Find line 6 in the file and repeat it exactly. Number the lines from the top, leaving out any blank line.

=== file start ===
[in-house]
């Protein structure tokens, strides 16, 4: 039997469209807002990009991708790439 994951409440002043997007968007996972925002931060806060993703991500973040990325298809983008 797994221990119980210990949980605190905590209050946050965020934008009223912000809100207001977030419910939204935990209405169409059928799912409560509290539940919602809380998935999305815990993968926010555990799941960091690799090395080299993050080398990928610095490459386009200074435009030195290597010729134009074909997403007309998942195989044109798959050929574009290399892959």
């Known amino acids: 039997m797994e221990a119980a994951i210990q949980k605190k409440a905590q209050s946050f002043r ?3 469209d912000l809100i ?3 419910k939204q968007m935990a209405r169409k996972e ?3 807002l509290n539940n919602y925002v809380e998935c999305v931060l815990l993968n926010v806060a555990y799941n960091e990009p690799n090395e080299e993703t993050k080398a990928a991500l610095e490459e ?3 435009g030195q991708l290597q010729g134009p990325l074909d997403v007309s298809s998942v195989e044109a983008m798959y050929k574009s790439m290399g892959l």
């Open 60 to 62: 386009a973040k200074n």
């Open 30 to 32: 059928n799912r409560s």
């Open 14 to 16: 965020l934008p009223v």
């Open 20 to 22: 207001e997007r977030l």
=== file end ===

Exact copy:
């Open 14 to 16: 965020l934008p009223v």